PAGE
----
It’s been a wild start to November in more ways than one. Each day a different season, wind or wet, drizzle or dazzle. At around 8:00am November 5th this was the sunrise viewed from from our attic bedroom looking east over the Trent valley. I have not enhanced this image in any way, just a bit of cropping. This promise of a fine day did not disappoint.
The first frost of the winter (minus one) left a thin film of ice on bird bath and windscreen bu, well wrapped up like this pigeon sitting on the kitchen roof, I made a bee-line for Attenborough Nature Reserve, where else?
Pausing en-route to the shelter of the Kingfisher hide I put some seed on a gatepost as usual when this bolshie robin zoomed in as I was withdrawing my hand, picked up a sunflower heart then stood its ground making ‘This is my territory!’ gestures a matter of only a couple of feet away. The autumn leaves make a pleasing backdrop.
The Kingfisher Hide looks out over the Clifton Pit with shallow water, shingle spits and mudflats with posts at intervals providing handy perches for kingfishers (if it’s your lucky day!) The reedbed in front of the hide has been trimmed allowing clear views of the water margin. A possible water rail scuttled past a couple of times as well as this moorhen but with a small perch in it’s beak! I’m not sure if it succeeded in swallowing the fish considering its spiky dorsal fin. This the first time I have seen a moorhen with a fish. I thought they were vegetarian. Disturbed by a little egret, a great white egret flew by in the distance.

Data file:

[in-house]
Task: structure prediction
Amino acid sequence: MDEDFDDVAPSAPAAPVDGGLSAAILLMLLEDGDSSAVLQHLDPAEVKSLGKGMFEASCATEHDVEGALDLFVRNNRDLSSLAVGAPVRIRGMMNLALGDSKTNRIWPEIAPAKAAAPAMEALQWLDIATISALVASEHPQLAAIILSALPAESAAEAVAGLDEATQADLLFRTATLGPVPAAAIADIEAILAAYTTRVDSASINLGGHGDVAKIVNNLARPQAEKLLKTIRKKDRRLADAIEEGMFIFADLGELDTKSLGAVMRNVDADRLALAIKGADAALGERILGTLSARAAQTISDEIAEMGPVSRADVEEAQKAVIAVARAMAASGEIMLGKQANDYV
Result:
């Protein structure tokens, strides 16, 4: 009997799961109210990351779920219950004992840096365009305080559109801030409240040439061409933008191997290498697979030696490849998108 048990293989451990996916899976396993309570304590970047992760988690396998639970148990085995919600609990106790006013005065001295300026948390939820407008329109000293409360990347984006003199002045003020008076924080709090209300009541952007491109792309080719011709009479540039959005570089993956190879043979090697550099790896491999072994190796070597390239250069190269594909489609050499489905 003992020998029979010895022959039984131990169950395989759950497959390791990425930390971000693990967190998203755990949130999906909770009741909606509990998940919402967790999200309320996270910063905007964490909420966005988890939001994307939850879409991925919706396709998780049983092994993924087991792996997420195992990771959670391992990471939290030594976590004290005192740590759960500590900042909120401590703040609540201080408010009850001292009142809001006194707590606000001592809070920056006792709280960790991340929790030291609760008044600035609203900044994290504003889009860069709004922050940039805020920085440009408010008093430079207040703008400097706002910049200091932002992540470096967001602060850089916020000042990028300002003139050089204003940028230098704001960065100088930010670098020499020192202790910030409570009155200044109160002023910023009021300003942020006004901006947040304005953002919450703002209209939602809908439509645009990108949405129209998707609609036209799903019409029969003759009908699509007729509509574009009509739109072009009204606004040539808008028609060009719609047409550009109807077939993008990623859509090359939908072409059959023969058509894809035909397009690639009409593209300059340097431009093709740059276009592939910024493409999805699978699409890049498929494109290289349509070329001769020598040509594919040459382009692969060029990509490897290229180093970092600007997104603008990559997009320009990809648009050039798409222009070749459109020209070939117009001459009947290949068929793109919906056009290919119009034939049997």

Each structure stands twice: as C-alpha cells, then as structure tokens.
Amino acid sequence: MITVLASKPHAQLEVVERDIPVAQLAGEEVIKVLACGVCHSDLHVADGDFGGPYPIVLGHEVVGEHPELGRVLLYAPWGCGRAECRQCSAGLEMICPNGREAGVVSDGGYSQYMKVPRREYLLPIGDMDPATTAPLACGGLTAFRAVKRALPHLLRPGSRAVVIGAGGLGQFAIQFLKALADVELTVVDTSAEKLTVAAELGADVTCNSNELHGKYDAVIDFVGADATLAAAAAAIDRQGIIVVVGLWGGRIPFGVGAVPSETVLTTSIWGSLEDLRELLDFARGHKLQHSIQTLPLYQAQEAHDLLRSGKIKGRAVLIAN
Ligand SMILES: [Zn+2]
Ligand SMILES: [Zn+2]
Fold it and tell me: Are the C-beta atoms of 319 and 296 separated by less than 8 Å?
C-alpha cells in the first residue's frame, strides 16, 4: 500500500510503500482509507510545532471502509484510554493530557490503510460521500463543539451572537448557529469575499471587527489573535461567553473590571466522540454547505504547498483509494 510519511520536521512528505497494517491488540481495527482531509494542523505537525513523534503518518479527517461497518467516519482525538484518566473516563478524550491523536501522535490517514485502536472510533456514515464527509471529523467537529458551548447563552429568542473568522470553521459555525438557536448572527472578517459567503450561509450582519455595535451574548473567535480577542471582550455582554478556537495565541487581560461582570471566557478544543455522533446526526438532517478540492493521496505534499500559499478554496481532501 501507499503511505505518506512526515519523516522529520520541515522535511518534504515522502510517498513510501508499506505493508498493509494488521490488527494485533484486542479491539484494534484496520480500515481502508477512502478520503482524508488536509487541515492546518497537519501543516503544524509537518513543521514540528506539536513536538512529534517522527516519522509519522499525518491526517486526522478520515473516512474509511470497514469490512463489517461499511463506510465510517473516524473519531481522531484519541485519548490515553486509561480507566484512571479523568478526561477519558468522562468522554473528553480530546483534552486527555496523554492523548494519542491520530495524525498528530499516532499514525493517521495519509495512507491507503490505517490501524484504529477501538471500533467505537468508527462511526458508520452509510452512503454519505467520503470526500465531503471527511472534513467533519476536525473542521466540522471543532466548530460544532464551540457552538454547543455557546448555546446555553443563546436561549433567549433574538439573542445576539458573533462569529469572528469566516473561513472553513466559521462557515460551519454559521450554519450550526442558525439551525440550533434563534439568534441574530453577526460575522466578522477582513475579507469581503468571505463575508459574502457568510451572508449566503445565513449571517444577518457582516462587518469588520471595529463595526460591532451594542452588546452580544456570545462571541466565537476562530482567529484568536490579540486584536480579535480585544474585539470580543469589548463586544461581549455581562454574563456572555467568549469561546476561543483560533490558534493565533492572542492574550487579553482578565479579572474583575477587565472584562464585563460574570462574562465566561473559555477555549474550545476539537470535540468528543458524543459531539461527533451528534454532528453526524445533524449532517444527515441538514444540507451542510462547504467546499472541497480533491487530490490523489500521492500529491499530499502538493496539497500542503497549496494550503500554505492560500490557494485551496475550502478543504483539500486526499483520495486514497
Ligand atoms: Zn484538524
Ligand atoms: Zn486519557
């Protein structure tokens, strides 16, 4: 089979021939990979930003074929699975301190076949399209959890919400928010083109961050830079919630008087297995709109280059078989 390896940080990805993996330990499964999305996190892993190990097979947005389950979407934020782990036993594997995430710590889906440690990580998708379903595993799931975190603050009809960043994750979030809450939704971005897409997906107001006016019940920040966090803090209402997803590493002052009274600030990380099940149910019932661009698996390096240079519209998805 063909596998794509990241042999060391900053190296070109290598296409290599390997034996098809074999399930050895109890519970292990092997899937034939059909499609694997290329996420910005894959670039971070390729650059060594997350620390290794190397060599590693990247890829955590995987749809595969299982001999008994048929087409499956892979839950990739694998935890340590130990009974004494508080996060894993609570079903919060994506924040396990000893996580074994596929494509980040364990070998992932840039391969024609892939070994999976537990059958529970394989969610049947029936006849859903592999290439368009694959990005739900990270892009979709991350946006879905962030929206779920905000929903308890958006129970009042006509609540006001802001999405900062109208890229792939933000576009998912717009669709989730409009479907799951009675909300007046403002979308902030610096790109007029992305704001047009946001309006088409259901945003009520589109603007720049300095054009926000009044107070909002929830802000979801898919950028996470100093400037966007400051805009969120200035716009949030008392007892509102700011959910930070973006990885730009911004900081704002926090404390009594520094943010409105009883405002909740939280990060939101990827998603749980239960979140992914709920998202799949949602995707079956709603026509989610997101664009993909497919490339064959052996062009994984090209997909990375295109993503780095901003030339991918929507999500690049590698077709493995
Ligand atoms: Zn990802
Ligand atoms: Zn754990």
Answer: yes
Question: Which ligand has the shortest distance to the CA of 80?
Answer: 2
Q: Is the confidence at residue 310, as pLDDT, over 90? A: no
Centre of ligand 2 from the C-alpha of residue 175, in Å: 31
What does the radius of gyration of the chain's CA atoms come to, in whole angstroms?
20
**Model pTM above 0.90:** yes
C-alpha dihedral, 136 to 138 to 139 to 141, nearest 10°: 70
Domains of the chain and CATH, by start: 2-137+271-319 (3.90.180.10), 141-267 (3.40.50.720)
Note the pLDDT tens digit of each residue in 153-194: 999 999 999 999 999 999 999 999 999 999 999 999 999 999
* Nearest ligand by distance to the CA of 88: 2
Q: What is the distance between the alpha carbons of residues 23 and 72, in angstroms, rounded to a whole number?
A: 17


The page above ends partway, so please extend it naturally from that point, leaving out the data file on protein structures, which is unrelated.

Returning to where I met the robin earlier I was pleased to see, amongst the blue tits, dunnocks, great tits etc male and female reed buntings in a hawthorn bush. My first sighting of this handsome bird this winter.
My final stop on this visit was near the railway level crossing in a corner of the Church Pond where rubble from the flood protection wall construction was dumped. This has created a rocky shallow with a reedbed behind. It is a place where snipe can often be seen. No sign of them this time but a grey heron bearing a blue led ring dropped in for a minute or two. I have submitted this sighting to Notts Birders who will inform the relevant body and come back to me with information as to where it was hatched etc.
Concentrating on the heron and looking for snipe I initially overlooked this dunnock, about six feet in front of me feeding on a desiccated plant. In my experience dunnocks are more common than e.g. house sparrows and have a much sweeter song.